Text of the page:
89.1 WEMU

Montana's Senate Race Might Come Down To Who's More Likable

Nov 1, 2018
Originally published on November 1, 2018 6:06 pm
Copyright 2018 NPR. To see more, visit http://www.npr.org/.

ARI SHAPIRO, HOST:

One of the tightest U.S. Senate races in the country could come down to something pretty old-fashioned. Who is more likable? That's a key strategy of Montana Democrat Jon Tester. He's trying to win a third term against Republican challenger Matt Rosendale in a state where President Trump is wildly popular. NPR's Kirk Siegler reports.

KIRK SIEGLER, BYLINE: President Trump will visit Montana for a fourth time this weekend to stump for Republican Matt Rosendale. He's a former state legislator and current insurance commissioner.

(SOUNDBITE OF ARCHIVED RECORDING)

MATT ROSENDALE: Good evening, Montana.

(APPLAUSE)

SIEGLER: Here's Rosendale speaking at a recent Trump rally.

(SOUNDBITE OF ARCHIVED RECORDING)

ROSENDALE: President Trump is making history again here in Montana, by golly.

(APPLAUSE)

SIEGLER: Now, Rosendale's speeches tend to be short. He usually sticks to GOP talking points - on the border wall, on guns, repealing Obamacare. But he quickly comes back to the fact that he is all in with the Trump agenda.

(SOUNDBITE OF ARCHIVED RECORDING)

ROSENDALE: President Trump and all of his policies are on the line. So let's make history and retire Jon Tester and send President Trump the help he needs.

SIEGLER: Rosendale moved here from Maryland in 2002, which Democrats point out all the time, including in this Facebook ad where they make fun of how he pronounces the state name.

(SOUNDBITE OF ARCHIVED RECORDING)

UNIDENTIFIED PERSON #1: Because he doesn't sound like a Montanan.

ROSENDALE: Citizens of Montana...

The people of Montana...

Citizens of Montana...

Citizens of Montana...

SIEGLER: Montana is a huge state with barely a million people. So the political playbook here has always been shake as many hands with as many Montanans as possible.

JON TESTER: How are you?

UNIDENTIFIED PERSON #2: Hi.

SIEGLER: It's worked for Jon Tester twice before in similarly tight contests. With his signature flat-top hair, the Senate's only working farmer spent part of this week campaigning on the state's remote Hi-Line.

TESTER: He doesn't know what the challenges are in Montana 'cause he's not from here. And look, I couldn't go to Maryland and do it. And I'm not going to 'cause I don't particularly want to. I love this state.

SIEGLER: The Hi-Line is a vast region of prairies and wheat fields along the border with Canada near where Tester grew up. There are three reservations here, traditional Democratic strongholds.

UNIDENTIFIED PERSON #3: (Singing).

SIEGLER: At this get out the Native vote rally, there's an honor song. And at a nearby table, Raymond King, a Vietnam vet, says he doesn't trust Rosendale.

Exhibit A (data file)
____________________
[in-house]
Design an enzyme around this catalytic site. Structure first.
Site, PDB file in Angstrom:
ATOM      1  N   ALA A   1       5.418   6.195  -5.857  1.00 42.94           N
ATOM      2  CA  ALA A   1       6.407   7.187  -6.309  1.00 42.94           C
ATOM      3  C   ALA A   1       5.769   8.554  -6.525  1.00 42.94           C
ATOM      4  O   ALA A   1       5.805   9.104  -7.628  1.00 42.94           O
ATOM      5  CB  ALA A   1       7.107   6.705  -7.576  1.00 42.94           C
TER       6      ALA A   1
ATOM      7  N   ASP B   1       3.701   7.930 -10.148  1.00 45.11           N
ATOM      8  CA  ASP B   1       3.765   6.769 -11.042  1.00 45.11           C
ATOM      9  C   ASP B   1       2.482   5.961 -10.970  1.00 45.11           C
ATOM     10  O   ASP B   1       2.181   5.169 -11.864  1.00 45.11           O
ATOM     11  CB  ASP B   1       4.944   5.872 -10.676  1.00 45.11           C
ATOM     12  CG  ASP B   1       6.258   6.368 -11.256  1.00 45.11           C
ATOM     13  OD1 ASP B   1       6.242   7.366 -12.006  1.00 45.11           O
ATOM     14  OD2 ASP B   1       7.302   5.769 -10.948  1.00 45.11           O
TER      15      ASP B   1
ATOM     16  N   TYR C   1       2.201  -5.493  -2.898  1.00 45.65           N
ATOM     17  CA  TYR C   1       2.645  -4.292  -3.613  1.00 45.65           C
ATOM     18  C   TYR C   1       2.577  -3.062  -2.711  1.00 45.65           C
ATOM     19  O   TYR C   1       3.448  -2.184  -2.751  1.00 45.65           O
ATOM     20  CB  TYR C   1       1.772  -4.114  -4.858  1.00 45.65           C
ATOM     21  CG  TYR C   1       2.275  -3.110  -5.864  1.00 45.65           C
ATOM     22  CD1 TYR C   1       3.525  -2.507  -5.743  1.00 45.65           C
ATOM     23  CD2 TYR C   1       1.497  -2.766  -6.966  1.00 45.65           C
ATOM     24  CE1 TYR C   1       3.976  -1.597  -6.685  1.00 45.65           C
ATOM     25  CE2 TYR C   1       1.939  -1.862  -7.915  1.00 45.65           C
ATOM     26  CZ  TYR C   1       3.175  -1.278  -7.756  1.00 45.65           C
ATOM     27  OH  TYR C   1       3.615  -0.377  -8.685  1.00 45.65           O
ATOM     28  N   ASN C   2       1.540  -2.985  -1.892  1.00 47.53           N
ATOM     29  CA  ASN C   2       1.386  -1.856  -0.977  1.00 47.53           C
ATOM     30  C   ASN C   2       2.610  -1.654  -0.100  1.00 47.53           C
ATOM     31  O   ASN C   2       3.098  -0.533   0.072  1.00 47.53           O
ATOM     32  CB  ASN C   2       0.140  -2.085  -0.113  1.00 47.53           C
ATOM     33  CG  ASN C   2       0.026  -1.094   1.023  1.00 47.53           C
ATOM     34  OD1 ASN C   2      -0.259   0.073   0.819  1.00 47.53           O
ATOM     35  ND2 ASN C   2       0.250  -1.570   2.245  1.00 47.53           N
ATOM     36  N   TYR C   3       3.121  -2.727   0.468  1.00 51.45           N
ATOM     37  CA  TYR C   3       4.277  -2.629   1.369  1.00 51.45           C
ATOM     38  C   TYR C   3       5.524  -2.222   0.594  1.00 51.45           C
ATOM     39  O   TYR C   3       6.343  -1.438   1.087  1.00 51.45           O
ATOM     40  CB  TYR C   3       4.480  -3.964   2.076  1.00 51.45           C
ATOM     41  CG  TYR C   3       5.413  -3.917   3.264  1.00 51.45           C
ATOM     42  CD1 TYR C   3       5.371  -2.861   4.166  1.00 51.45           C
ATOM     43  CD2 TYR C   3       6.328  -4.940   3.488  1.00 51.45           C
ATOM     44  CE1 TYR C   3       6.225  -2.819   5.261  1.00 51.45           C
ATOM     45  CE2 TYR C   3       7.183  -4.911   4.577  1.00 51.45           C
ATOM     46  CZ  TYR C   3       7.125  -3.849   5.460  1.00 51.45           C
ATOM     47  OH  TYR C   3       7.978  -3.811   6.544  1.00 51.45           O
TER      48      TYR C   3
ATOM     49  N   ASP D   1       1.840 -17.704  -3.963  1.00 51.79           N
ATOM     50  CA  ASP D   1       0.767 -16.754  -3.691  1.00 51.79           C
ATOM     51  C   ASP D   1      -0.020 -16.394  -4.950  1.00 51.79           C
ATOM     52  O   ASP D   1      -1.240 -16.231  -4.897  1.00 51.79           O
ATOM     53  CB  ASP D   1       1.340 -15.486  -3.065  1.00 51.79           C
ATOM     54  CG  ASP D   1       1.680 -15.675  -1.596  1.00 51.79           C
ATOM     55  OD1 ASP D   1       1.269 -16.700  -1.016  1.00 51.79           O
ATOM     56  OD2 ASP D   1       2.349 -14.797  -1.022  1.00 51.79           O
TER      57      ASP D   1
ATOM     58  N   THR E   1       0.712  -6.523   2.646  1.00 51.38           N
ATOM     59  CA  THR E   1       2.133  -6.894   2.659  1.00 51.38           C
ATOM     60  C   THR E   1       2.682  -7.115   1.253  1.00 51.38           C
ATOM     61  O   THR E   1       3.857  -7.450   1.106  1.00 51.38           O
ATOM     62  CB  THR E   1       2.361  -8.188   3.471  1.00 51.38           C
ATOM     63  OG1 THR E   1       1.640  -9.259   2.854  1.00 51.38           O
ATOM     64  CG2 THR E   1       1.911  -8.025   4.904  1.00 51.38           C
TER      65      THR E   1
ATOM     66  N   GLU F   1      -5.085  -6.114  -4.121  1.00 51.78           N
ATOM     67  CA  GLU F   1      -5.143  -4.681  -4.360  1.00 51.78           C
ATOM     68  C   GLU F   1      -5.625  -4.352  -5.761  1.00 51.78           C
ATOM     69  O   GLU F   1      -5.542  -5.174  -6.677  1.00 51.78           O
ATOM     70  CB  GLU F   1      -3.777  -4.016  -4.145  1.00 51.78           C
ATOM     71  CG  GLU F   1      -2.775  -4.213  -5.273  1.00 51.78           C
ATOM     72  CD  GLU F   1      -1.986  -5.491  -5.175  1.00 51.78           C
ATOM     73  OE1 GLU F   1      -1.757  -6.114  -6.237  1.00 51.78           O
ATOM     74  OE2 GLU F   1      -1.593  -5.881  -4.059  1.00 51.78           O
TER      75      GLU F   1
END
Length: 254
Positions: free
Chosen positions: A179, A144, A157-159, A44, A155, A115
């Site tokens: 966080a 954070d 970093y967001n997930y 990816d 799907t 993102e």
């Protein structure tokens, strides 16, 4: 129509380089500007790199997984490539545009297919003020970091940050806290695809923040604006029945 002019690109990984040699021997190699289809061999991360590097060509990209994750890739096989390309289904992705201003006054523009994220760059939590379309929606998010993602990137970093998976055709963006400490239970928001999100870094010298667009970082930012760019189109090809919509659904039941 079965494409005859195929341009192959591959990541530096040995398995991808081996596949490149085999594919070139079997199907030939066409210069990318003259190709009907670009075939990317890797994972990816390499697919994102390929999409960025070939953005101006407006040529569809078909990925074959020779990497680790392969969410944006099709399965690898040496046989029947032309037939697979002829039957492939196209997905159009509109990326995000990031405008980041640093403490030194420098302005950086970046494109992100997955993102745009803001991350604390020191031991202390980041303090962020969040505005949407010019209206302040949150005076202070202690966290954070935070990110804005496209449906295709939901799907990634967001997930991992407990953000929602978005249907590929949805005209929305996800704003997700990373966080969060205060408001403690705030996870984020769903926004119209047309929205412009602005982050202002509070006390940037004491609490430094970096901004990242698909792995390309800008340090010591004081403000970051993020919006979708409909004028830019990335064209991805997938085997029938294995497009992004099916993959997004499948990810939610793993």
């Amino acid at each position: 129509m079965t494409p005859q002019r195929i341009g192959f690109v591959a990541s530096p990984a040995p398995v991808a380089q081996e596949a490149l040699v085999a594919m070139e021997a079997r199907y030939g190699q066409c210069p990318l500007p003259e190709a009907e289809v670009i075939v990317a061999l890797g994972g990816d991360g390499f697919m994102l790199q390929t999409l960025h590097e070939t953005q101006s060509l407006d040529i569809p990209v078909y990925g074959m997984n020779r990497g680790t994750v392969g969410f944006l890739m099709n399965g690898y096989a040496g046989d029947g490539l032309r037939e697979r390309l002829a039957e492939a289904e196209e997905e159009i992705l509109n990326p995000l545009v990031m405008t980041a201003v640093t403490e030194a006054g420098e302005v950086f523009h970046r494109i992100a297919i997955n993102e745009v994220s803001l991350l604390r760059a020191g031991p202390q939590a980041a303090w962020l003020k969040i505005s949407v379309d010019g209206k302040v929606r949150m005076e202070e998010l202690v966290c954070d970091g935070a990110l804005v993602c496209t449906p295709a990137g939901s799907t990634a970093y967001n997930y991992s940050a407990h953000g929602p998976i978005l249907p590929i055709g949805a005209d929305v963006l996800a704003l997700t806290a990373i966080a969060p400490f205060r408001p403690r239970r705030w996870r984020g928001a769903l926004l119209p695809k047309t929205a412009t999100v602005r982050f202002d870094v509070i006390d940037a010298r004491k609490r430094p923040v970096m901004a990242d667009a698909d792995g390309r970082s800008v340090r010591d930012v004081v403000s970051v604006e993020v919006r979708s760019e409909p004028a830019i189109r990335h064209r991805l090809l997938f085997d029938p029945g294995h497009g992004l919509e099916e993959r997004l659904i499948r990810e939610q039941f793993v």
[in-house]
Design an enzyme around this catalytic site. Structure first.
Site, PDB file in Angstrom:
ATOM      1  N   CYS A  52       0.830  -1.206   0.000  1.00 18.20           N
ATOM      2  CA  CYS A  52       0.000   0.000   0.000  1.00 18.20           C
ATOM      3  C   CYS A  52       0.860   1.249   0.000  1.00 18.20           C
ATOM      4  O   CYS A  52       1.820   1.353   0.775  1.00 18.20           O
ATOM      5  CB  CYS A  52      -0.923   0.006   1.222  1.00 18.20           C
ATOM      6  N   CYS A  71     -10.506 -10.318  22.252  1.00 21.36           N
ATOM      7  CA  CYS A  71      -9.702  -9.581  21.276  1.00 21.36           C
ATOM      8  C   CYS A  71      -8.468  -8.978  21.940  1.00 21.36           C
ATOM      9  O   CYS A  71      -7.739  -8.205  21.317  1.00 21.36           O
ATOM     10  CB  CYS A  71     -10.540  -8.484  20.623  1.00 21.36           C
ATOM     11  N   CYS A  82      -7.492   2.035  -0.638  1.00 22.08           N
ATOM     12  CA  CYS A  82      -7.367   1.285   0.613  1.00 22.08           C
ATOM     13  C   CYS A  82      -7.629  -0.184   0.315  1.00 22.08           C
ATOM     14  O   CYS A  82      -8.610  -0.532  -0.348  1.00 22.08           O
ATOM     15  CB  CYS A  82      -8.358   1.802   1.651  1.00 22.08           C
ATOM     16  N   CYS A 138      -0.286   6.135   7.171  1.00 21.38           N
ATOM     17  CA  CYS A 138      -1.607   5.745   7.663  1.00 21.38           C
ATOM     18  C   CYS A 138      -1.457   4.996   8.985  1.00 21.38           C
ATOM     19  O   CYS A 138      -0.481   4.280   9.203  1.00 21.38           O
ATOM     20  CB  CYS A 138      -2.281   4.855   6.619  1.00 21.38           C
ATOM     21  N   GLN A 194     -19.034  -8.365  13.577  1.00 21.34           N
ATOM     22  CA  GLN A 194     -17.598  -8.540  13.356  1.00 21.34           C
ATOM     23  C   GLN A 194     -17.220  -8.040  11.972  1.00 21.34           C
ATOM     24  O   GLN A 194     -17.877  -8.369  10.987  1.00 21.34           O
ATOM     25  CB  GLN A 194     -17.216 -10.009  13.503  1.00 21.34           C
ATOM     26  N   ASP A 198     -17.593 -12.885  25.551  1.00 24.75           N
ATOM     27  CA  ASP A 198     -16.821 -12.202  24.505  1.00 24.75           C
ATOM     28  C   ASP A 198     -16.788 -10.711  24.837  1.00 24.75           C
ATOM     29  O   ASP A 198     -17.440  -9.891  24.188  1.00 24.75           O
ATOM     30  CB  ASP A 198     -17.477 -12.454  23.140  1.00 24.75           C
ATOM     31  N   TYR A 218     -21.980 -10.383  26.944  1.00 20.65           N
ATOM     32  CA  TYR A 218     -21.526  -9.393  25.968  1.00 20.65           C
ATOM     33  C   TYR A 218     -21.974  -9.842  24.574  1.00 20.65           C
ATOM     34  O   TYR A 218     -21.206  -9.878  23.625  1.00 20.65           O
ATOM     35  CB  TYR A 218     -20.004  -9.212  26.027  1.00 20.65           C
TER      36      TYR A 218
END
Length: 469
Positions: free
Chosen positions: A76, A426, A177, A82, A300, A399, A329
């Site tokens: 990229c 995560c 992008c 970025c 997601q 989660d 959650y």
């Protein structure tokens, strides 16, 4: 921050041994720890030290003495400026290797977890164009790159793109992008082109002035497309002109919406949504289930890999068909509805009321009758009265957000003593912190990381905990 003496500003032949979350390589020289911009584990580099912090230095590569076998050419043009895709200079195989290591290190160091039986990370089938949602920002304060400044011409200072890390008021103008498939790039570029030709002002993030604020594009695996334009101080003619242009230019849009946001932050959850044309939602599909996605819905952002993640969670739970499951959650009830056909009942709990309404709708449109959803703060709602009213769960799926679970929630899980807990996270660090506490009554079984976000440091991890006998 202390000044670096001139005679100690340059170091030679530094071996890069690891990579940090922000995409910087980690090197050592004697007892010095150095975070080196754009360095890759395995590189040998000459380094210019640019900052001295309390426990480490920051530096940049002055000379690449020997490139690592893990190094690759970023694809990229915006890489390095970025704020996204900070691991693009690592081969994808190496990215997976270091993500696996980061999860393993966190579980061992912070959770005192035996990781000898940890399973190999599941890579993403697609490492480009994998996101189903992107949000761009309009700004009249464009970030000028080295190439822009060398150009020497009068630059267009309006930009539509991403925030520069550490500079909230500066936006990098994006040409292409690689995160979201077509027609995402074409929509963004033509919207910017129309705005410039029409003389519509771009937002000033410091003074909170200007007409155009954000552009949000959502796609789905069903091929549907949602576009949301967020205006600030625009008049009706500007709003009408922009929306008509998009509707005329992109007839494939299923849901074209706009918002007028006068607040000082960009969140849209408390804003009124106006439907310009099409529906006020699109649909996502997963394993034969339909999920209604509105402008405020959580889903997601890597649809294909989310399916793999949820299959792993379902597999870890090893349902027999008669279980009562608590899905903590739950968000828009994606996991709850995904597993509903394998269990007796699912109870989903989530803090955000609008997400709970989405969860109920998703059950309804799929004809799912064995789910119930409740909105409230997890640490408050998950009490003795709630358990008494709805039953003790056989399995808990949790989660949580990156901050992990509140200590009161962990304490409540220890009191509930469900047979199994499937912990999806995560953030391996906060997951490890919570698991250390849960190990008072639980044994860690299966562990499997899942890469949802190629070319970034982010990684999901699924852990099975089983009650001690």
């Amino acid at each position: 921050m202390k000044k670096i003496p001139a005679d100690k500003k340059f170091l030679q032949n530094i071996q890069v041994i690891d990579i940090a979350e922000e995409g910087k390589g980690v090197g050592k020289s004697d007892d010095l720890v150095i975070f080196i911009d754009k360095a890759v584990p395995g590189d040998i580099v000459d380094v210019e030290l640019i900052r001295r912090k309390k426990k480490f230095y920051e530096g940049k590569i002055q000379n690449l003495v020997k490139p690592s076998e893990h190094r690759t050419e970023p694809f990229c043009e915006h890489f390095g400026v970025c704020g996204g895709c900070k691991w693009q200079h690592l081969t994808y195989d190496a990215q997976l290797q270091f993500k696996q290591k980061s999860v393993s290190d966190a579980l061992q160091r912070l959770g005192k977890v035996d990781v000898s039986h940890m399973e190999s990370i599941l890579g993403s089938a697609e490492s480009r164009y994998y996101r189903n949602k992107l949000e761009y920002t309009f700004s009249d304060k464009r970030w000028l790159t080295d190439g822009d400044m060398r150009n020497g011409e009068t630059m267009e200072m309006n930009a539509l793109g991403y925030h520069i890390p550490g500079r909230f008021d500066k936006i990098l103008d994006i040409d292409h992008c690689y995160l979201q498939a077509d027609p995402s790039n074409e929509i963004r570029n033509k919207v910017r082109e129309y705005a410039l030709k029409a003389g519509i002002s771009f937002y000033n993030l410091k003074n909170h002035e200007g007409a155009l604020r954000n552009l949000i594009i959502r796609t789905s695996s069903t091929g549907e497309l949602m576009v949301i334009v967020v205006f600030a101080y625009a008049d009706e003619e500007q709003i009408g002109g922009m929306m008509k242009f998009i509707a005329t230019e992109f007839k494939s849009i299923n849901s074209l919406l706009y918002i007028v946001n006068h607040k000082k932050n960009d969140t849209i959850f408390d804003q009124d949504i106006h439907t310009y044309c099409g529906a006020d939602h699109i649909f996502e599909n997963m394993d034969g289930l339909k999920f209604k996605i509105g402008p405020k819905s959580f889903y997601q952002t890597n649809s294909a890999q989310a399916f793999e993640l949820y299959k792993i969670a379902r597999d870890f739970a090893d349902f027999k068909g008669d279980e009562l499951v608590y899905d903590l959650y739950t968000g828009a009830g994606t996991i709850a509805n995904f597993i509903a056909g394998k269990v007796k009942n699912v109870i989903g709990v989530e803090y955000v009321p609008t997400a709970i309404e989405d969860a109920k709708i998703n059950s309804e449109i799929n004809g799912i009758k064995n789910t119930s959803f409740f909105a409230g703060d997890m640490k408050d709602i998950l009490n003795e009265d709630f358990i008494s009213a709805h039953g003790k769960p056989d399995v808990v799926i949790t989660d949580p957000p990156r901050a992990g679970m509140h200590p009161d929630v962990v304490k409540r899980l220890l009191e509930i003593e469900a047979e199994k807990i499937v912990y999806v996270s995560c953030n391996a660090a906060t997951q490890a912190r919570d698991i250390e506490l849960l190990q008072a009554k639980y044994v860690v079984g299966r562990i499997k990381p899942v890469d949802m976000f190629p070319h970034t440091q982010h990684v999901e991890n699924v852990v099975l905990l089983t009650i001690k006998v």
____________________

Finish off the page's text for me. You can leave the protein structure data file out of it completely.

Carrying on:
RAYMOND KING: He's never lived here. He's not from here. How can he be for Montana? And so I think he just wants to sell some more land.

SIEGLER: Rosendale has been a real estate developer. His campaign declined interview requests. And right now, support for Tester is predictably strong in the liberal college towns and say the state capitol. But the rural areas are harder to gauge. Most voted for Trump, but some also re-elected a Democratic governor. On the country highways, you're just as likely to see a Rosendale sign plastered on an old barn as you are one for Tester.

SUSAN GOOD-GEISE: Montana is truly a maverick.

SIEGLER: Susan Good-Geise is a classic example. She formerly chaired the state GOP but is a vocal critic of Trump. Now she says Montana is known for voting people over party.

GOOD-GEISE: They want somebody who's approachable. They want somebody with whom they'd be comfortable having a beer or seeing them at church or seeing them at a basketball game, you know. And Jon Tester is certainly that.

SIEGLER: But that folksy-old model is getting tested right now. And she says this race has become more like a symbol of the country's tribalized politics.

BRAD LOTTON: Come on in, and get away from the highway.

SIEGLER: In Havre, the largest town on Montana's Hi-Line, Republican Brad Lotton runs a construction company on the east end of town.

LOTTON: I don't know how long you have to be here before you're considered a Montanan.

SIEGLER: Now, Lotton's met Rosendale several times. And he supports him, even though like most people here Lotton has a connection to Tester. His brother went to junior high with him.

LOTTON: But if you're a Montanan and you vote with California here, you really have lost touch with your voters or your constituents.

SIEGLER: The latest poll shows Tester with a narrow lead, though the Libertarian candidate in the race just endorsed Matt Rosendale, which could give the Republican a boost. Kirk Siegler, NPR News, Havre, Mont.

(SOUNDBITE OF TIN HAT'S "NEW WEST") Transcript provided by NPR, Copyright NPR.